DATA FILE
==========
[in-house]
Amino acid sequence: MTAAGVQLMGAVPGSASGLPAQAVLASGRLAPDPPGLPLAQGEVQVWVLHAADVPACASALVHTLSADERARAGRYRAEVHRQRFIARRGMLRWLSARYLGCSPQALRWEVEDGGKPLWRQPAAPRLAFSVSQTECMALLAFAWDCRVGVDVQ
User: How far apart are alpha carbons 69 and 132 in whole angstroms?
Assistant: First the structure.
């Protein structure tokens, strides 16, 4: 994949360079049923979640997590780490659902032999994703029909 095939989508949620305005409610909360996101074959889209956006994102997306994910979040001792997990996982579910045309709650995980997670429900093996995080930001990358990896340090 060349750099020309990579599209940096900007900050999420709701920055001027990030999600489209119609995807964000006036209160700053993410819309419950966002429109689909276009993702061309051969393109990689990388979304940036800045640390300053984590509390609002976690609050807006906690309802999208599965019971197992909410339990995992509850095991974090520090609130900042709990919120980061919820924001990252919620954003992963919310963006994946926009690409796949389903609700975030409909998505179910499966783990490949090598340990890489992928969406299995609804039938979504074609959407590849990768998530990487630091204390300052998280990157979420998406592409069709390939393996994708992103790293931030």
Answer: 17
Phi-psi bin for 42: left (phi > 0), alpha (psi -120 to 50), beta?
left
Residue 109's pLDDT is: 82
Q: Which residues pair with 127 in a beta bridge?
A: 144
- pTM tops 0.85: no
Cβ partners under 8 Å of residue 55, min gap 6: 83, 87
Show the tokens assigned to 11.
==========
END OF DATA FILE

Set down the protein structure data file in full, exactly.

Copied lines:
[in-house]
Amino acid sequence: MTAAGVQLMGAVPGSASGLPAQAVLASGRLAPDPPGLPLAQGEVQVWVLHAADVPACASALVHTLSADERARAGRYRAEVHRQRFIARRGMLRWLSARYLGCSPQALRWEVEDGGKPLWRQPAAPRLAFSVSQTECMALLAFAWDCRVGVDVQ
User: How far apart are alpha carbons 69 and 132 in whole angstroms?
Assistant: First the structure.
């Protein structure tokens, strides 16, 4: 994949360079049923979640997590780490659902032999994703029909 095939989508949620305005409610909360996101074959889209956006994102997306994910979040001792997990996982579910045309709650995980997670429900093996995080930001990358990896340090 060349750099020309990579599209940096900007900050999420709701920055001027990030999600489209119609995807964000006036209160700053993410819309419950966002429109689909276009993702061309051969393109990689990388979304940036800045640390300053984590509390609002976690609050807006906690309802999208599965019971197992909410339990995992509850095991974090520090609130900042709990919120980061919820924001990252919620954003992963919310963006994946926009690409796949389903609700975030409909998505179910499966783990490949090598340990890489992928969406299995609804039938979504074609959407590849990768998530990487630091204390300052998280990157979420998406592409069709390939393996994708992103790293931030």
Answer: 17
Phi-psi bin for 42: left (phi > 0), alpha (psi -120 to 50), beta?
left
Residue 109's pLDDT is: 82
Q: Which residues pair with 127 in a beta bridge?
A: 144
- pTM tops 0.85: no
Cβ partners under 8 Å of residue 55, min gap 6: 83, 87
Show the tokens assigned to 11.